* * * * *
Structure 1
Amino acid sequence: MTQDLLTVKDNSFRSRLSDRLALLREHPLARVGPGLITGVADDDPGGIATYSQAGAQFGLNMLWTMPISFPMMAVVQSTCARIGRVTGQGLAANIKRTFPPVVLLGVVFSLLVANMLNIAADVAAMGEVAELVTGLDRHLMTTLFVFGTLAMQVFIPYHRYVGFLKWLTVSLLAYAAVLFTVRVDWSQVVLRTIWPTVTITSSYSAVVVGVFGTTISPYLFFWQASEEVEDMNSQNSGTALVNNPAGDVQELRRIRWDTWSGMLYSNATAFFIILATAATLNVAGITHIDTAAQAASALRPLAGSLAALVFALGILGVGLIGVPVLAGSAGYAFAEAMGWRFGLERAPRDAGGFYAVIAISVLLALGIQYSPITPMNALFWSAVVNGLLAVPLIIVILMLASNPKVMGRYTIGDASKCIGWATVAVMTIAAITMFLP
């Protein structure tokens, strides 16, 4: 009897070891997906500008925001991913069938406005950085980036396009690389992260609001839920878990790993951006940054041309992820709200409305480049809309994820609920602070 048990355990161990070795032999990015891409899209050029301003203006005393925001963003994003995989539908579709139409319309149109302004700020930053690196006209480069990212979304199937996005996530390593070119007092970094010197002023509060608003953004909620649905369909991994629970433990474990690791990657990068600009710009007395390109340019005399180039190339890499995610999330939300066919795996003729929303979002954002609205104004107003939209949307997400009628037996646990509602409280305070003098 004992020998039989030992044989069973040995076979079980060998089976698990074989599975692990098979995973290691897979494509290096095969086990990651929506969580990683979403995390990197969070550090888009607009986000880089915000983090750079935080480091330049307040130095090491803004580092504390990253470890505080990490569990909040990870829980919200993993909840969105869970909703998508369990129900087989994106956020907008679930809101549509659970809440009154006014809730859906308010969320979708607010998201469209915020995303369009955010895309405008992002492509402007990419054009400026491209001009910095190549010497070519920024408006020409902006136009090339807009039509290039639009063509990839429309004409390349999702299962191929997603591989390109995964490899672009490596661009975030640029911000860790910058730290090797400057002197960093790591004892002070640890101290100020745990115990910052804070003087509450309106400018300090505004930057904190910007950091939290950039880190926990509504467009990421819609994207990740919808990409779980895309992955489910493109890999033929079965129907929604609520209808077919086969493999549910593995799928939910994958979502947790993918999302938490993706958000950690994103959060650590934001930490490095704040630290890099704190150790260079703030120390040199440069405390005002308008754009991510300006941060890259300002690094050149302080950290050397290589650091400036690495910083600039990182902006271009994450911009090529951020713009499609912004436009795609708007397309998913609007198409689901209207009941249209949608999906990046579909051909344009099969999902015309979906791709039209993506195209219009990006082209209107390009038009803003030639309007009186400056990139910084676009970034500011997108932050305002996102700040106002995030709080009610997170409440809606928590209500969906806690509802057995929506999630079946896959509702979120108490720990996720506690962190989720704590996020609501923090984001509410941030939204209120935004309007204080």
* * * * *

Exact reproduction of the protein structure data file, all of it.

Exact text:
Structure 1
Amino acid sequence: MTQDLLTVKDNSFRSRLSDRLALLREHPLARVGPGLITGVADDDPGGIATYSQAGAQFGLNMLWTMPISFPMMAVVQSTCARIGRVTGQGLAANIKRTFPPVVLLGVVFSLLVANMLNIAADVAAMGEVAELVTGLDRHLMTTLFVFGTLAMQVFIPYHRYVGFLKWLTVSLLAYAAVLFTVRVDWSQVVLRTIWPTVTITSSYSAVVVGVFGTTISPYLFFWQASEEVEDMNSQNSGTALVNNPAGDVQELRRIRWDTWSGMLYSNATAFFIILATAATLNVAGITHIDTAAQAASALRPLAGSLAALVFALGILGVGLIGVPVLAGSAGYAFAEAMGWRFGLERAPRDAGGFYAVIAISVLLALGIQYSPITPMNALFWSAVVNGLLAVPLIIVILMLASNPKVMGRYTIGDASKCIGWATVAVMTIAAITMFLP
């Protein structure tokens, strides 16, 4: 009897070891997906500008925001991913069938406005950085980036396009690389992260609001839920878990790993951006940054041309992820709200409305480049809309994820609920602070 048990355990161990070795032999990015891409899209050029301003203006005393925001963003994003995989539908579709139409319309149109302004700020930053690196006209480069990212979304199937996005996530390593070119007092970094010197002023509060608003953004909620649905369909991994629970433990474990690791990657990068600009710009007395390109340019005399180039190339890499995610999330939300066919795996003729929303979002954002609205104004107003939209949307997400009628037996646990509602409280305070003098 004992020998039989030992044989069973040995076979079980060998089976698990074989599975692990098979995973290691897979494509290096095969086990990651929506969580990683979403995390990197969070550090888009607009986000880089915000983090750079935080480091330049307040130095090491803004580092504390990253470890505080990490569990909040990870829980919200993993909840969105869970909703998508369990129900087989994106956020907008679930809101549509659970809440009154006014809730859906308010969320979708607010998201469209915020995303369009955010895309405008992002492509402007990419054009400026491209001009910095190549010497070519920024408006020409902006136009090339807009039509290039639009063509990839429309004409390349999702299962191929997603591989390109995964490899672009490596661009975030640029911000860790910058730290090797400057002197960093790591004892002070640890101290100020745990115990910052804070003087509450309106400018300090505004930057904190910007950091939290950039880190926990509504467009990421819609994207990740919808990409779980895309992955489910493109890999033929079965129907929604609520209808077919086969493999549910593995799928939910994958979502947790993918999302938490993706958000950690994103959060650590934001930490490095704040630290890099704190150790260079703030120390040199440069405390005002308008754009991510300006941060890259300002690094050149302080950290050397290589650091400036690495910083600039990182902006271009994450911009090529951020713009499609912004436009795609708007397309998913609007198409689901209207009941249209949608999906990046579909051909344009099969999902015309979906791709039209993506195209219009990006082209209107390009038009803003030639309007009186400056990139910084676009970034500011997108932050305002996102700040106002995030709080009610997170409440809606928590209500969906806690509802057995929506999630079946896959509702979120108490720990996720506690962190989720704590996020609501923090984001509410941030939204209120935004309007204080």